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HOME : African & Tribal Art : Archive : African Art / Bambara Boli
African Art / Bambara Boli - PF.5866
Origin: Mali
Circa: 1870 AD to 1940 AD
Dimensions: 22" (55.9cm) high x 10" (25.4cm) wide
Collection: African
Medium: Mixed Media


Additional Information: SOLD

Location: United States
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Description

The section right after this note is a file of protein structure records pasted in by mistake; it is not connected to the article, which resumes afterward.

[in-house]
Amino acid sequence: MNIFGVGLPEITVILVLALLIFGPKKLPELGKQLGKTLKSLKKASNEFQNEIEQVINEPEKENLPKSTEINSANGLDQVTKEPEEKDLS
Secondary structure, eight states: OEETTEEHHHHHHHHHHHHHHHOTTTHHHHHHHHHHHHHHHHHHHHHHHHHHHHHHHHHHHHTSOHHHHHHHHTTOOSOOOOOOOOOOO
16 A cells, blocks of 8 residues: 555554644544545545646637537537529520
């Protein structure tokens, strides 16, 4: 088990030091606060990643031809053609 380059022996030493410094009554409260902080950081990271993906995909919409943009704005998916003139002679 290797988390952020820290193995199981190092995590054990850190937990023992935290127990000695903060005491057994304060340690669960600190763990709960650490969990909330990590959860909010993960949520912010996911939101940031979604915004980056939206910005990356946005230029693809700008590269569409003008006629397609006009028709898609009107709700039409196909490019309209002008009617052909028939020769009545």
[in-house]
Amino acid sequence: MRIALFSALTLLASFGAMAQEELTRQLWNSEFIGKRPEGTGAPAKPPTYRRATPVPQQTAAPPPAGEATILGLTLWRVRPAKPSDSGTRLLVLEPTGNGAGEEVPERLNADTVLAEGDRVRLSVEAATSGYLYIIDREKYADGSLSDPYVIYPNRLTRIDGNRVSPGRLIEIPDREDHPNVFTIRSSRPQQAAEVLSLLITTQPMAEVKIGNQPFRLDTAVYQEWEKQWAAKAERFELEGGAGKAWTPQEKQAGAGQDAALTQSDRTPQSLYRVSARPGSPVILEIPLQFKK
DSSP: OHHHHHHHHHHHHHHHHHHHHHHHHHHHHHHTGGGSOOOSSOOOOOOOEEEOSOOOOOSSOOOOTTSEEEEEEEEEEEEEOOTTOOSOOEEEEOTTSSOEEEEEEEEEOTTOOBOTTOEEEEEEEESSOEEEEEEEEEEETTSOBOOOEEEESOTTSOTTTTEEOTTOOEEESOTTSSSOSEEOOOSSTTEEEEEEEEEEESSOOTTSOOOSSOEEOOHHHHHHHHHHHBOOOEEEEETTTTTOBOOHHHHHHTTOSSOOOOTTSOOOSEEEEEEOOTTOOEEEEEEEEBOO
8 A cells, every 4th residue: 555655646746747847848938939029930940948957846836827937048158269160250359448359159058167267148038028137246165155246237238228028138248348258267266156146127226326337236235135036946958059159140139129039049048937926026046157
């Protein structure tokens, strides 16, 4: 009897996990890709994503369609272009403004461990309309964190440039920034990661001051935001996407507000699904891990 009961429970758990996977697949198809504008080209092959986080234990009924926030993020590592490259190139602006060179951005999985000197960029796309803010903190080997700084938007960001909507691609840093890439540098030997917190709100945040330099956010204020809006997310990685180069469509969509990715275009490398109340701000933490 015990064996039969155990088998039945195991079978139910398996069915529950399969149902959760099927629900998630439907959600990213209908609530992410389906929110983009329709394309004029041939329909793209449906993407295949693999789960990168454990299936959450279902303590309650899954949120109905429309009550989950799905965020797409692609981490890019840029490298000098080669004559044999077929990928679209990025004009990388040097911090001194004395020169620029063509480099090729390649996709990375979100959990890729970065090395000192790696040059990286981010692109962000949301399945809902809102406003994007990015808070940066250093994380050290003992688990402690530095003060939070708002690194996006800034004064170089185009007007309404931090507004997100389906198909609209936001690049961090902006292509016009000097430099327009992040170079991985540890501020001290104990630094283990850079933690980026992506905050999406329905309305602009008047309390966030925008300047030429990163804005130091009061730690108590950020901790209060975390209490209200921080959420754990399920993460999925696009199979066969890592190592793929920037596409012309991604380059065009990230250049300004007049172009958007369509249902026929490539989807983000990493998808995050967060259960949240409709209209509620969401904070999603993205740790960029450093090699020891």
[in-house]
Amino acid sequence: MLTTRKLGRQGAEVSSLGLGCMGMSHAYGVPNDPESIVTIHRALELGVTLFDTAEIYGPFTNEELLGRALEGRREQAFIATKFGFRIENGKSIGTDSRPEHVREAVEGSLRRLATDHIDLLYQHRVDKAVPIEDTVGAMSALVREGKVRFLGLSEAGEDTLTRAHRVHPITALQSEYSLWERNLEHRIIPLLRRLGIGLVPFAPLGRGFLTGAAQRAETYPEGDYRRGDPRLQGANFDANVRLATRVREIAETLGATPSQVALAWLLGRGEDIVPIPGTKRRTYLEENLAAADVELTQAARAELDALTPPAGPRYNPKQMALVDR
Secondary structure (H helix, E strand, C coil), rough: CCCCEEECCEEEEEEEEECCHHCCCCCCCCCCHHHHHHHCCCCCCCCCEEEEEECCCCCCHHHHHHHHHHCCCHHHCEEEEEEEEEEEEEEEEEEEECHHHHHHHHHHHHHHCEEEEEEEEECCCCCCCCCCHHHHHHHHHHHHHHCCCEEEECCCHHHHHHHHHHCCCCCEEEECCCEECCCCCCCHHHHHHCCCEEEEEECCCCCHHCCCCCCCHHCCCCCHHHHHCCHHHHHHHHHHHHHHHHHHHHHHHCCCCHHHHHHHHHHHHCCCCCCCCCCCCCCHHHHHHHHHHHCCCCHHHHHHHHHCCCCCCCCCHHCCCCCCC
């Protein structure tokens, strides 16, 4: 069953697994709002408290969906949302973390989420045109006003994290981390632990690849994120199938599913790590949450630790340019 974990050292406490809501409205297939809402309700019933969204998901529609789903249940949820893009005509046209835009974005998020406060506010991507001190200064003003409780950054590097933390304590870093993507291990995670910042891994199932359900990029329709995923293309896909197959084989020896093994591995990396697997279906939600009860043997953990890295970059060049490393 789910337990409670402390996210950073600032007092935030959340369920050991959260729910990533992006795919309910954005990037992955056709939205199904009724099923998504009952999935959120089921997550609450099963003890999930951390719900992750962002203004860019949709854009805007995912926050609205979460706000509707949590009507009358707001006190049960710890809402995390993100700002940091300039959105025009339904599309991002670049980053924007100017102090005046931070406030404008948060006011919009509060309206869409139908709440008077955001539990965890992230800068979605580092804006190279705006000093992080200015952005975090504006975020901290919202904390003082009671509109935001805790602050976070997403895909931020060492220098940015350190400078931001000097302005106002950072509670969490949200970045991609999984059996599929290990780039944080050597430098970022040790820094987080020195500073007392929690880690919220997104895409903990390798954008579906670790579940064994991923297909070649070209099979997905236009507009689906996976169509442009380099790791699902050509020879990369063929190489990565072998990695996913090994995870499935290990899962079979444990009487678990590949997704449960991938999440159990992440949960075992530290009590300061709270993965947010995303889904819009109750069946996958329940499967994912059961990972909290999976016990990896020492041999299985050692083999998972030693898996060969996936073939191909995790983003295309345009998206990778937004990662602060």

Although they are considered to be secret objects, boliw (sing. boli) have ironically become one of the representative examples of Mande art. The term Mande refers both to a West African language and culture that includes many ethnic groups, among them the Bambara (also known as the Bamana). Boliw harbor huge quantities of energy (nyama) that can be activated by the association priests and members of secret initiation societies to help accomplish goals such as destroying anti-social sorcerers. They also serve as symbols of the universe, and initiated members help make them by bringing together a wide range of often esoteric ingredients, including animal bones, vegetable matter, honey, and pieces of metal. Their surfaces are hard encrusted with thick coatings of earth mixed with sacrificial materials such as the blood of chickens or goats, chewed and expectorated kola nuts, alcoholic beverages, and millet. Both the surface and interior are created by enacting a complex array of the power recipes called daililuw. Thus these objects are considered to be among the most potent of all Mande sculptures. Many boliw seem to depict animals such as hippopotami or cows, and some are shaped like human beings. Sometimes, however, it is impossible to suggest what they might be. This abstract quality fits with the Mande principle that very powerful things are opaque to general human understanding, and only the initiate is able to fully comprehend them. For others, the lack of understanding is ominous, and the murky ambiguity articulated in the shapes serves as a warning to stay away or risk great personal danger. Only skilled professionals are capable of engaging the powers contained in these instruments. While some Mande feel they are apotropaic devices that benefit both the association and the greater community, others find them loathsome and fearsome objects possessing powers that dominate the members of the associations. Still others consider them to be just one more element in their social and spiritual landscapes, sometimes to be used, sometimes to be treated cautiously. - (PF.5866)

 

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